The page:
In this study we were interested not only in finding cross-modal associations in cinema and haptic perception, but also in explaining their nature. We found that these associations are, at least partly, mediated by affective representations about good/bad, nice/disgusting, dirty/clean, young/old, bitter/sweet and happy/sad. That result contributes to studies into the role of emotional processing in cross-modal associations. Emotional representations of happiness, sadness, goodness, badness, etc. mediate relations between music and colors, odors and music, odors and colors, tastes and shapes (Guerdoux et al., 2014; Levitan et al., 2015; Palmer et al., 2013; Velasco et al., 2016).

For example, the German film (‘Hard to be a God’) was strongly associated with sandpaper. Both film and material were scaled as bad, dirty, old, disgusting, bitter and sad. One of the weakest associations was between the same material (sandpaper) and the Visconti film (‘Death in Venice’). Indeed, the Visconti film was scaled as good, clean, nice, sweet and happy, while sandpaper was scaled as the opposite (bad, dirty, disgusting, bitter and sad). Only on one scale (young–old) were both film and material scaled the same (i.e., ‘old’). Thus, probably, the procedure of this study can be used as a method to measure implicitly the aesthetic perception of a movie.

However, the question remains whether the quantity of semantic scales (e.g., number of scales on which the material and the film are scaled similarly) or only their quality (some scales are more important than others) matters for the strength of these cross-modal associations. For example, the association between the film by Kar-wai (‘2046’) and fur was weak; however, both of them were scaled as good, clean, young and nice. Only on one scale — happy/sad — were they scaled differently (film was scaled as sad, while fur as happy).

Answering that question, we found a significant correlation between the strength of cross-modal associations and the way they are scaled on semantic differential. When the film and the material show similar tendencies when scaled on all semantic scales, the cross-modal association is stronger. Thus, the number of shared specific emotional properties of films and materials is related to the strength of these cross-modal associations. Shared emotional properties, which underlie cross-modal associations between haptic perception and cinema, support the semantic coding hypothesis: the existence of a semantic network which underlies cross-modal associations (Martino and Marks, 1999).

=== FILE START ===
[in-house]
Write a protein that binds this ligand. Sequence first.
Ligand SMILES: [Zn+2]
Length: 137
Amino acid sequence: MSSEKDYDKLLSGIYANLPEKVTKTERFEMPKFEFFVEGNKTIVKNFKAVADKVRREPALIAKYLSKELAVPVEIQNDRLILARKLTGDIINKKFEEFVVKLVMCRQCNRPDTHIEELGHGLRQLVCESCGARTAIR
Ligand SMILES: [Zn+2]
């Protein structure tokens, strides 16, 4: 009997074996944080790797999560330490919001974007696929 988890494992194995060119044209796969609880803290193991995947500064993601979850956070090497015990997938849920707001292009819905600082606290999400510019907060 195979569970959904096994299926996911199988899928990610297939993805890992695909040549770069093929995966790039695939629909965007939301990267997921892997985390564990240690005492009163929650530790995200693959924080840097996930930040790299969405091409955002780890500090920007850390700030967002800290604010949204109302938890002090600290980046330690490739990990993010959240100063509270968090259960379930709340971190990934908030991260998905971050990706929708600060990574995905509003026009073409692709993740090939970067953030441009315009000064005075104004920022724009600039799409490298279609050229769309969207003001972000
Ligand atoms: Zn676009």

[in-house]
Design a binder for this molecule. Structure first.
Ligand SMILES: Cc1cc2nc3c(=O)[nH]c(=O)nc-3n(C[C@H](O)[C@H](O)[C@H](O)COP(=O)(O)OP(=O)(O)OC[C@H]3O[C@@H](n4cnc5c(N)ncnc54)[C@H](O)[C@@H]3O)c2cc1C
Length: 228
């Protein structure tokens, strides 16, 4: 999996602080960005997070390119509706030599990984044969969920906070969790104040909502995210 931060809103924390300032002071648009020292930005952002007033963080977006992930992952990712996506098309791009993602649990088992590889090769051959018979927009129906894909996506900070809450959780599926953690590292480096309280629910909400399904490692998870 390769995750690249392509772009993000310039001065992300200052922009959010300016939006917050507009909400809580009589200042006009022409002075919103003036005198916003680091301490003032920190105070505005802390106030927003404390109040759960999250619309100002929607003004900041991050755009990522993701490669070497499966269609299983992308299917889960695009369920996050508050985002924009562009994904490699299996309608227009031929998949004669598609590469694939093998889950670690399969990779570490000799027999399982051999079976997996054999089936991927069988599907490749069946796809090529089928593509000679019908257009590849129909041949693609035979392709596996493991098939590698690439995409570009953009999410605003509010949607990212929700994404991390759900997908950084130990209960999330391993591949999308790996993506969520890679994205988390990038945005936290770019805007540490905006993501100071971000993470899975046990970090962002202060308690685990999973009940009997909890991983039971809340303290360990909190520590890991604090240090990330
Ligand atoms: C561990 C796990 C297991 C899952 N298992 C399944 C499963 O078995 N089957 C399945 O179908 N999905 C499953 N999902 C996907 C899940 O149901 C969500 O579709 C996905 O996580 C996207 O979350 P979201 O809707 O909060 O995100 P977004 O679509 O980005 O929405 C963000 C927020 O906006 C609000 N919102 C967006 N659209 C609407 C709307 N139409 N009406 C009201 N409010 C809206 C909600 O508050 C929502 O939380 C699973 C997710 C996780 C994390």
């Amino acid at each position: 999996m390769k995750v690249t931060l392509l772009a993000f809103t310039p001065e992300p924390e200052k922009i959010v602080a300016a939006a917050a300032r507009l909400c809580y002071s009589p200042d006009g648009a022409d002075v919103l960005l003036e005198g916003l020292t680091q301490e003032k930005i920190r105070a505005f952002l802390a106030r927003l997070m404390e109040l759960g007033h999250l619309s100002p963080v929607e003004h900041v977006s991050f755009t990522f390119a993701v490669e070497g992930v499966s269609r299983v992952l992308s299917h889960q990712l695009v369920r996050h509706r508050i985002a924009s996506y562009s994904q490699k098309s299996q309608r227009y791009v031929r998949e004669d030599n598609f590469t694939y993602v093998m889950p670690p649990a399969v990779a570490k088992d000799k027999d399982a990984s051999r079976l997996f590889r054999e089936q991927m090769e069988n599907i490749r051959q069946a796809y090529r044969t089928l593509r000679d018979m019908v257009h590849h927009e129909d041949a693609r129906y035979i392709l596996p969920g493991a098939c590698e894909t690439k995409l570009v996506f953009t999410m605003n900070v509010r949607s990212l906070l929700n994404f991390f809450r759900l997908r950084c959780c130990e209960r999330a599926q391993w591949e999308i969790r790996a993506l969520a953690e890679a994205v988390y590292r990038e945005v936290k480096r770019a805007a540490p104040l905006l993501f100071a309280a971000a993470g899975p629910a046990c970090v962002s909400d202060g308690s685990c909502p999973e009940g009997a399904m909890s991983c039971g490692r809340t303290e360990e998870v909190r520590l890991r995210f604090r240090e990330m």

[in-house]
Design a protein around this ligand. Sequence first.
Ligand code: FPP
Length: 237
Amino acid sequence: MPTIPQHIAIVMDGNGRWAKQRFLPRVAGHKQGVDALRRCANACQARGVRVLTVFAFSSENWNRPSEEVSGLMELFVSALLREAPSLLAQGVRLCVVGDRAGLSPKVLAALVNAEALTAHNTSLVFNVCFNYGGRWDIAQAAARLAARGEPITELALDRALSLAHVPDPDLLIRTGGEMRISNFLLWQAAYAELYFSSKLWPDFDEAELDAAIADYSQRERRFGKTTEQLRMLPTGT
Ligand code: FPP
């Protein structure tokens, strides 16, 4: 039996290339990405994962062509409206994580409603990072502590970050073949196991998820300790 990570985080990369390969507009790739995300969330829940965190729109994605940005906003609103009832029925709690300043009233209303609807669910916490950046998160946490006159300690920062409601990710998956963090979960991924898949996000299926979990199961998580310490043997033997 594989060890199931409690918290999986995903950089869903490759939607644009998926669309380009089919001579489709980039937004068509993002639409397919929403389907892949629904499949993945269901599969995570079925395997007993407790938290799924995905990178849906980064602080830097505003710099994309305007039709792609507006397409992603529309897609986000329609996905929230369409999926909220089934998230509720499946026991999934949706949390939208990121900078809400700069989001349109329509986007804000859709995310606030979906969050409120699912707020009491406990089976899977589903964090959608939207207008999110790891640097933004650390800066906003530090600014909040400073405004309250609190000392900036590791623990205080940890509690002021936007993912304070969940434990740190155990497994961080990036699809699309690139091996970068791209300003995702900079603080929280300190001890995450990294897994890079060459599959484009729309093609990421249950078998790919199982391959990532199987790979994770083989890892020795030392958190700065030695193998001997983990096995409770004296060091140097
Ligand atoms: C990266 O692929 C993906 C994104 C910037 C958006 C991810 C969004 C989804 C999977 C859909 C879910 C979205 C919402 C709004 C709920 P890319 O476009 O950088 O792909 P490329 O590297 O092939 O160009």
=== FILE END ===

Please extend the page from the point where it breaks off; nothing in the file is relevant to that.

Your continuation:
Our study showed that only emotional semantic properties of films and materials were linked to each other (e.g., good/bad, nice/disgusting). That was not the case for properties related to factors of activity and power (e.g., active–passive, strong–weak) despite the fact that many studies of cross-modal associations showed that these properties mediate cross-modal associations as well as emotional properties (Albertazzi et al., 2015; Palmer et al., 2013; Velasco et al., 2016). There are two possible explanations for our results. Firstly, it is possible that a low mediation ability of features related to activity and power in our study was due to the small sample size. Secondly, it is also possible that for cinema–haptic cross-modal associations emotional/semantic properties of objects play a more important role compared to activity and power features.

There are some important limitations to consider in the present research. We chose to investigate cinema perception keeping in mind that cinema itself is a very complex stimulus. Although we tried to reach uniformity of stimuli in our experiment by choosing more or less equal characteristics of ‘beautiful’ and ‘ugly’ films (the aesthetic evaluation and emotional intensity, as rated by our participants, were not different for ‘beautiful’ and ‘ugly’ films), uniformity in terms of style and composition was not achieved. Thus, the results of the present study should be interpreted with caution, knowing that these differences might play a role in cross-modal associations.

Secondly, generalization of the results of the present study to other materials is limited. The materials we used varied on two dimensions of touch experience (smoothness and hardness), while there are other touch dimensions that we did not test in this study (e.g., coldness, thickness). Thirdly, in the present study we chose bipolar semantic differential scales instead of unipolar scales. We wanted to test 13 scales and thus chose bipolar scales to shorten the duration of the experiment. However, several researchers assume that bipolar scales may bias (overestimate) the obtained correlations (Albertazzi et al., 2015). Fourthly, the small sample size may also affect the reliability of our conclusions. Our sample was small compared to the samples in other studies of cross-modal associations. Fifthly, the subjects did not wear headphones to eliminate noise during the tactile examination, so they could hear noises. This fact could affect haptic perception.